For all instant messaging services, including WhatsApp

You need parental or carer permission to use this form of messaging.

You need to make sure that the platform you use is age appropriate and within the age restrictions put in place by the platform. Always adhere to the age restrictions of the platform.

If young people are below the minimum age of the platform, you need to communicate via the parents and carers.

Parent or carer permission must be given for all those under eighteen, as per the latest version of Young Person Information form.

Make sure it’s a closed or private group, so that only you can add people. Make sure you know who everyone is, and remove people when they shouldn’t have access any more, for example if a young person or volunteer moves to a new section.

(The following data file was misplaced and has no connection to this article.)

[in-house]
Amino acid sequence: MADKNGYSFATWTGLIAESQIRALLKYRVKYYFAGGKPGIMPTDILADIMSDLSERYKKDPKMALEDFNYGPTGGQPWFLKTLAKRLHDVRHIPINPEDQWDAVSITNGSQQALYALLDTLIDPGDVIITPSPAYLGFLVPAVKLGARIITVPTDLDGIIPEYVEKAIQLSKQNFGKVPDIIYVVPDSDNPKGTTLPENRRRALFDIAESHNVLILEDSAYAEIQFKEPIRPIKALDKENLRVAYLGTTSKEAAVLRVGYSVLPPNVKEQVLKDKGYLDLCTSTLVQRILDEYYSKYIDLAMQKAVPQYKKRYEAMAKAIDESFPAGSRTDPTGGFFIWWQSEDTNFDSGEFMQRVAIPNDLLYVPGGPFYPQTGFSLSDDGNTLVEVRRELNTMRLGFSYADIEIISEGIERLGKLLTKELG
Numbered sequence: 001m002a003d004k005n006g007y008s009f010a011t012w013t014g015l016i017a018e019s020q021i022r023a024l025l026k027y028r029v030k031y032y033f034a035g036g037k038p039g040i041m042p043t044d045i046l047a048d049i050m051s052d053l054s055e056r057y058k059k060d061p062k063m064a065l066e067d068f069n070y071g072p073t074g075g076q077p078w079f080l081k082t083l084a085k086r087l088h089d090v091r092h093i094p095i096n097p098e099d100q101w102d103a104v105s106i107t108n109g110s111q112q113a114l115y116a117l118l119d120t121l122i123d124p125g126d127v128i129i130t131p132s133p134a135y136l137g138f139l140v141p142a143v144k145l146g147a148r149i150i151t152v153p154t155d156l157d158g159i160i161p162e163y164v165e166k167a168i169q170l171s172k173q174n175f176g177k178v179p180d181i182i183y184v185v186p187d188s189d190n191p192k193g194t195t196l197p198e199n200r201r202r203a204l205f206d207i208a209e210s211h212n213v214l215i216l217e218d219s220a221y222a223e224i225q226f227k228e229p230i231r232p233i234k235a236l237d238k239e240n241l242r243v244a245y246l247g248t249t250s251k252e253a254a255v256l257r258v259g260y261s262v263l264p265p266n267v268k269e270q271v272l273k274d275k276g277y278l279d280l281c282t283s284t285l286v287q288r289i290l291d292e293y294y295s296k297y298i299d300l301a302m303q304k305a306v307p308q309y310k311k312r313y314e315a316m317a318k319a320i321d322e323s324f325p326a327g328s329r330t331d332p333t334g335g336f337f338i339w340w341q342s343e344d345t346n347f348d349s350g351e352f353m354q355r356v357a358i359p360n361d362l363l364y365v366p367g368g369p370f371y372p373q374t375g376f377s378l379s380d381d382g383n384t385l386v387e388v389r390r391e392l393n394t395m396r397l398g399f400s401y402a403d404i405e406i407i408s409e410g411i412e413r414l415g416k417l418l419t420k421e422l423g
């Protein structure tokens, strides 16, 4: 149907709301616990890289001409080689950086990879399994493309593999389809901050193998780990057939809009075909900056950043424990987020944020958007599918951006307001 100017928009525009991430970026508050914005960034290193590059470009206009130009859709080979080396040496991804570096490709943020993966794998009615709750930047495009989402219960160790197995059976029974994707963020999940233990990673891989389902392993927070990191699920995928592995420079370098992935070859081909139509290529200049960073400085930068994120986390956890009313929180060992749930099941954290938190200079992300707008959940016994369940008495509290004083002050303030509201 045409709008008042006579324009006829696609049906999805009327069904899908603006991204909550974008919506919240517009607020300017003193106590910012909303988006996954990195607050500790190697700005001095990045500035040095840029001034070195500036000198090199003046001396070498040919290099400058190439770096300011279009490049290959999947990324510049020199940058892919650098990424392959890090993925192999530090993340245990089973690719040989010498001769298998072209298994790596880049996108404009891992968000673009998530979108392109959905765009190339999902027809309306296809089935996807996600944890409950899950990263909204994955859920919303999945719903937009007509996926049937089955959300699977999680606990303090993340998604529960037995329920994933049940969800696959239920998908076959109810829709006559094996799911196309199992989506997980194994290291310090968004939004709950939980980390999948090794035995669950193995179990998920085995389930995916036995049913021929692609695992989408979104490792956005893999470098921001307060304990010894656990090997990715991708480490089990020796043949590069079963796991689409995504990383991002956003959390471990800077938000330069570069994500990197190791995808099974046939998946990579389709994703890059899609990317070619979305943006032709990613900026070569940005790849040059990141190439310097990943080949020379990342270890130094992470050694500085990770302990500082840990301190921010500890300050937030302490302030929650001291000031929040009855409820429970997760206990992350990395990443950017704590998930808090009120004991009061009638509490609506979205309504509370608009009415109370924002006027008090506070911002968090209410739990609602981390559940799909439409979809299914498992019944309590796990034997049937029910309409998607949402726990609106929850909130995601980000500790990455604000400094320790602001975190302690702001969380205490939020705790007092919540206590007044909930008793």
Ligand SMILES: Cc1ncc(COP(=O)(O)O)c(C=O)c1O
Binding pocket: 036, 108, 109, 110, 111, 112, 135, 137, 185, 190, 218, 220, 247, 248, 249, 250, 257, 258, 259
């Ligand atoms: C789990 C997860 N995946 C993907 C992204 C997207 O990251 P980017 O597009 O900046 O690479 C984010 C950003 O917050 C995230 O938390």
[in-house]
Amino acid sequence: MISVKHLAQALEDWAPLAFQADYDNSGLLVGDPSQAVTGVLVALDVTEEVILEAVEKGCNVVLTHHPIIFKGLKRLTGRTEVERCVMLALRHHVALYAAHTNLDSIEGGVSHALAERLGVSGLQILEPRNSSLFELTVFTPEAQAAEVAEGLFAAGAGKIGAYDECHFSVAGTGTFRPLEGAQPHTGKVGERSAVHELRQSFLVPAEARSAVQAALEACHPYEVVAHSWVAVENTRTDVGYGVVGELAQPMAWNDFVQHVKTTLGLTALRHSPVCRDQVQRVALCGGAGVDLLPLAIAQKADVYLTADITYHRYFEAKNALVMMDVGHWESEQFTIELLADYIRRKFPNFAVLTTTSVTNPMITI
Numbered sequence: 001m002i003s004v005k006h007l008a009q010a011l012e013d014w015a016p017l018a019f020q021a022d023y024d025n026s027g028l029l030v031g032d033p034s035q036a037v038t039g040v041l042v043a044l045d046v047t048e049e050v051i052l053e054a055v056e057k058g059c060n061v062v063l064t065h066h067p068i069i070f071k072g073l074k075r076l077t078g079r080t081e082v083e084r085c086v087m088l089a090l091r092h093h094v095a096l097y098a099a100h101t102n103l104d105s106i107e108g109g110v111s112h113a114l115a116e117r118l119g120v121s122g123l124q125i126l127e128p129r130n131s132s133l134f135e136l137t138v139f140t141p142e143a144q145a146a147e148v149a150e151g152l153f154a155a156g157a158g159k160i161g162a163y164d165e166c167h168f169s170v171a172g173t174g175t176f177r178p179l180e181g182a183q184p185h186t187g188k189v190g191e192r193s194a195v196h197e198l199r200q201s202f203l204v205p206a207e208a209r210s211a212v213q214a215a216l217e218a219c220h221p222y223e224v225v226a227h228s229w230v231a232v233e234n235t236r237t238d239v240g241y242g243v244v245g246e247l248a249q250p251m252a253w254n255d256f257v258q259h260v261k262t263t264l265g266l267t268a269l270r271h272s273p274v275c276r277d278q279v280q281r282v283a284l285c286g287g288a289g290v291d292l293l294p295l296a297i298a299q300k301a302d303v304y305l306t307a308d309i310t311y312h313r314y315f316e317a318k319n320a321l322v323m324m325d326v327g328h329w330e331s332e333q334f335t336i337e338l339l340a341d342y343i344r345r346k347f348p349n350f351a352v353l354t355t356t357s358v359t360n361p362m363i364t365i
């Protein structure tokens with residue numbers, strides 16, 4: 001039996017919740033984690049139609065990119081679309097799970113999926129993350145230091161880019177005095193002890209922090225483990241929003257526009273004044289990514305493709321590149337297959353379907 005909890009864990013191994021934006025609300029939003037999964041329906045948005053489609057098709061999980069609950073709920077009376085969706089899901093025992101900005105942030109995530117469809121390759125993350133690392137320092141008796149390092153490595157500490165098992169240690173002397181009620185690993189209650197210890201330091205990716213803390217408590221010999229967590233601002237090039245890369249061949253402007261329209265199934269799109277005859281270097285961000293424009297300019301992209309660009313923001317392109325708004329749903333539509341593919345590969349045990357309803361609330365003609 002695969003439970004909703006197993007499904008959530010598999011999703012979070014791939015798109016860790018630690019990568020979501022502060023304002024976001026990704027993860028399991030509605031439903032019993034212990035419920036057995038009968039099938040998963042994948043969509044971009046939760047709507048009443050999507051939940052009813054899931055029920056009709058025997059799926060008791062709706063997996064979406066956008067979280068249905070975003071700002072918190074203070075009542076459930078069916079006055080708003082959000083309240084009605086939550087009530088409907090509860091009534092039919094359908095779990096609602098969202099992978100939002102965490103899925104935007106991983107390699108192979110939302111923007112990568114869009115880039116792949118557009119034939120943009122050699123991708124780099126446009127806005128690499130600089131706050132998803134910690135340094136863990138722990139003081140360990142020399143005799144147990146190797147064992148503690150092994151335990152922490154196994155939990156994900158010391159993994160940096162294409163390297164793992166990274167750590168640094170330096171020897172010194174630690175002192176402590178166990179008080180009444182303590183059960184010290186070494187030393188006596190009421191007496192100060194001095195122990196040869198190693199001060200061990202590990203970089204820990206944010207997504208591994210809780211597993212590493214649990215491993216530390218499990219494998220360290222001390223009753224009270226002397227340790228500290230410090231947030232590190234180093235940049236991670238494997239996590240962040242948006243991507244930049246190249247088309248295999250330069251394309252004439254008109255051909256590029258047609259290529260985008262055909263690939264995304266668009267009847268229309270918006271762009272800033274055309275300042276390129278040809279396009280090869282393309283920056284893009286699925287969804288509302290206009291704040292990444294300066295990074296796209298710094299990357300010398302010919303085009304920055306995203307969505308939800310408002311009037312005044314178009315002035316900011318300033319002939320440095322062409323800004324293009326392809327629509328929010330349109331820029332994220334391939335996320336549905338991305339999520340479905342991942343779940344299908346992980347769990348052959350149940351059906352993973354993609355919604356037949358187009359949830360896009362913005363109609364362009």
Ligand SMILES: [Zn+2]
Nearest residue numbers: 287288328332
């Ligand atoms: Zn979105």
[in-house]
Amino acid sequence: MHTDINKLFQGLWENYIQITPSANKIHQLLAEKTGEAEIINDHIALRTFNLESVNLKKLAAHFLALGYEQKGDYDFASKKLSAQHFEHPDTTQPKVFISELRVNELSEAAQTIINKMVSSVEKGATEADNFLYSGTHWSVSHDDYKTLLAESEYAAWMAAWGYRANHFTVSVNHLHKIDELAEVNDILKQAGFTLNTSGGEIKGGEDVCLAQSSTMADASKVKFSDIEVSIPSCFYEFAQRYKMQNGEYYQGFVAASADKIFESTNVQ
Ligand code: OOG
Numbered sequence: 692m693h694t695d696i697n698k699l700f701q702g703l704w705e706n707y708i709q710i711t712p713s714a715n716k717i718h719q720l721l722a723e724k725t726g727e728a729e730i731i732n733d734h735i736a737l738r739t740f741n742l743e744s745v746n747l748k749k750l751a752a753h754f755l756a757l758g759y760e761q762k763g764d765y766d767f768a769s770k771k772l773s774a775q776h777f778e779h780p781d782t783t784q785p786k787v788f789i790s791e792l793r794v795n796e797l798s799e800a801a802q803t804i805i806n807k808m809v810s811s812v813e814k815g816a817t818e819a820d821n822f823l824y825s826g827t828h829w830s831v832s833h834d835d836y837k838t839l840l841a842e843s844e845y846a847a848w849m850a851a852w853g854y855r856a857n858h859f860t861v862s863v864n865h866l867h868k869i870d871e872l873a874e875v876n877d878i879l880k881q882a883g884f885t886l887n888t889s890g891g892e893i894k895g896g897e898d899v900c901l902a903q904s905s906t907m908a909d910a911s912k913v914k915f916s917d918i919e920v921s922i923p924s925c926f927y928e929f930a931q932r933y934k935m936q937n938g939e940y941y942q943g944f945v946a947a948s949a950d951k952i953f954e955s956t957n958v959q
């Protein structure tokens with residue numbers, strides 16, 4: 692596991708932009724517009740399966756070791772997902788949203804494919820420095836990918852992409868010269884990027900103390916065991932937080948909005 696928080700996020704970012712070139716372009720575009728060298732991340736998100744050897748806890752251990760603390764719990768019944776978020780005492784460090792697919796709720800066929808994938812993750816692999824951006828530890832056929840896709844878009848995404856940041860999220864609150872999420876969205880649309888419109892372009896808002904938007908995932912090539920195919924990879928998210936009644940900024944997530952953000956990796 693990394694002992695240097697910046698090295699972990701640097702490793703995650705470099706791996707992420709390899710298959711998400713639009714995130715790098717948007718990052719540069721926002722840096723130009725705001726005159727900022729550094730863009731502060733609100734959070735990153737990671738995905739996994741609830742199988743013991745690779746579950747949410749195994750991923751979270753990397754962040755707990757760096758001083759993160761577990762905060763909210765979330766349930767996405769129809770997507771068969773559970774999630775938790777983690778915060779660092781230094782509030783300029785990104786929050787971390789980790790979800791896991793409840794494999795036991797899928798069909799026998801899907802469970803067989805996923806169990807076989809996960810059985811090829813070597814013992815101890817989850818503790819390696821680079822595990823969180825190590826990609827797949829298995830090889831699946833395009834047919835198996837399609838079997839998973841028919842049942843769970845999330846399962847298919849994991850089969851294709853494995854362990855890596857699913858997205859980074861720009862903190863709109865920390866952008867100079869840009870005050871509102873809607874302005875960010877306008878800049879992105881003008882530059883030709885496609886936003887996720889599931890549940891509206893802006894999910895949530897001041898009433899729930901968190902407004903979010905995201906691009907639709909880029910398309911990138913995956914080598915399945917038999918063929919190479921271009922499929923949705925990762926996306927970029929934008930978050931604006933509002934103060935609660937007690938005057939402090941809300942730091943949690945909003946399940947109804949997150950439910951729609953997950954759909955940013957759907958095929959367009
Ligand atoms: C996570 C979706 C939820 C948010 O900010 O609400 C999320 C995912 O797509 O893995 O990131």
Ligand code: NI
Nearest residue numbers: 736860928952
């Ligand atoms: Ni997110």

A minimum of two adults, with at least one being a member of Scouts, must monitor the group to ensure there’s no bullying or inappropriate behaviour.

You must make sure that no young person messages or communicates with any adult directly on a one-to-one basis.

If this does happen, please don't respond to the one-to-one message. Instead, contact your local area manager and the young person's parents and carers. You should ask the parent or carer to speak to their young person to explain why it’s not appropriate.

If it happens again, report this to the Safeguarding team, so we can speak to parents and carer to make sure they’re monitoring their young person’s online usage.

Using WhatsApp

WhatsApp is a popular platform that uses your mobile phone number to communicate within a group.